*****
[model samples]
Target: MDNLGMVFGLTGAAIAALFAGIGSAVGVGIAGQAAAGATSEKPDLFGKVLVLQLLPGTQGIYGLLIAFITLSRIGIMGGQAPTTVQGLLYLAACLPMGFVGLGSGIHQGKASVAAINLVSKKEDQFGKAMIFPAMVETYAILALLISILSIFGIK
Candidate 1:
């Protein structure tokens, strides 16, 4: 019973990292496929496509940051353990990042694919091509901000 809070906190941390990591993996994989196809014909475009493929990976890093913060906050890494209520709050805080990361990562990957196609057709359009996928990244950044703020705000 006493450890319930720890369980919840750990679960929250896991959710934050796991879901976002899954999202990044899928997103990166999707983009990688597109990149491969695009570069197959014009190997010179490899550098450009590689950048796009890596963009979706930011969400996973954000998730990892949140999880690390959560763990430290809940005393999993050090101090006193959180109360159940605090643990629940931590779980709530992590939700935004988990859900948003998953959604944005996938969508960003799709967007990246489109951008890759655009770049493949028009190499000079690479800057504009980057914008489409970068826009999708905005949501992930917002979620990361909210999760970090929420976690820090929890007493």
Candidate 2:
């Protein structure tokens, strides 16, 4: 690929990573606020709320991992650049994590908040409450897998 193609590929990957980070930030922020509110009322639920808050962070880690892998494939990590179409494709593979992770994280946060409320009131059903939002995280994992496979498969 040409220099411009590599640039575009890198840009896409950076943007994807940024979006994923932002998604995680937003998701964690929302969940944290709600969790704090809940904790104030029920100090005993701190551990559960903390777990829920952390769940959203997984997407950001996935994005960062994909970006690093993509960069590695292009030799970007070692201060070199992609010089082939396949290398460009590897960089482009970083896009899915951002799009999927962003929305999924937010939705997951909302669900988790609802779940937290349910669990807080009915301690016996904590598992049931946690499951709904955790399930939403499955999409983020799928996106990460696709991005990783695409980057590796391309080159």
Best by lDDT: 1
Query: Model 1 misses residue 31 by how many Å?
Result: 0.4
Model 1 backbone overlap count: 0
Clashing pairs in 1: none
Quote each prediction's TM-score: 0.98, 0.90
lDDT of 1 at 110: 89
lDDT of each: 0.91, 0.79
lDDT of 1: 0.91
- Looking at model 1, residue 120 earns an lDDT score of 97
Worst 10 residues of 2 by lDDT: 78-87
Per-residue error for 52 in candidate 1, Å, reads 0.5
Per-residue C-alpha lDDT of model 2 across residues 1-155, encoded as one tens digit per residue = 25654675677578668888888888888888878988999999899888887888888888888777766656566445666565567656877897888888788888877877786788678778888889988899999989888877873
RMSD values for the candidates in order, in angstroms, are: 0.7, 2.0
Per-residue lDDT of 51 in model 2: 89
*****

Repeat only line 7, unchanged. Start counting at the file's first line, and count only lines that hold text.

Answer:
Best by lDDT: 1